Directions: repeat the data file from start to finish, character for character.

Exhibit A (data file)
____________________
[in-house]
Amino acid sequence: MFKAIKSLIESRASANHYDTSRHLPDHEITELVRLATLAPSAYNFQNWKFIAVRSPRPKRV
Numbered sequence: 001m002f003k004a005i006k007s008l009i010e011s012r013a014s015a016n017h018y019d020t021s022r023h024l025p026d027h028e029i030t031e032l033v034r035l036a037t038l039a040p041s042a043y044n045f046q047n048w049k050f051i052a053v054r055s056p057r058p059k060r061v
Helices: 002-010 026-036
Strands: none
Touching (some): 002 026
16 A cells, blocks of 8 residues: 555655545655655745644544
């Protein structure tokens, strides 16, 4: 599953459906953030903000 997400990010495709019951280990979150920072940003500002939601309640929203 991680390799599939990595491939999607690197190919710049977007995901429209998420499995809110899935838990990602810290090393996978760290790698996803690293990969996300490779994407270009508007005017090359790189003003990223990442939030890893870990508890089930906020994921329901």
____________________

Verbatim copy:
[in-house]
Amino acid sequence: MFKAIKSLIESRASANHYDTSRHLPDHEITELVRLATLAPSAYNFQNWKFIAVRSPRPKRV
Numbered sequence: 001m002f003k004a005i006k007s008l009i010e011s012r013a014s015a016n017h018y019d020t021s022r023h024l025p026d027h028e029i030t031e032l033v034r035l036a037t038l039a040p041s042a043y044n045f046q047n048w049k050f051i052a053v054r055s056p057r058p059k060r061v
Helices: 002-010 026-036
Strands: none
Touching (some): 002 026
16 A cells, blocks of 8 residues: 555655545655655745644544
């Protein structure tokens, strides 16, 4: 599953459906953030903000 997400990010495709019951280990979150920072940003500002939601309640929203 991680390799599939990595491939999607690197190919710049977007995901429209998420499995809110899935838990990602810290090393996978760290790698996803690293990969996300490779994407270009508007005017090359790189003003990223990442939030890893870990508890089930906020994921329901």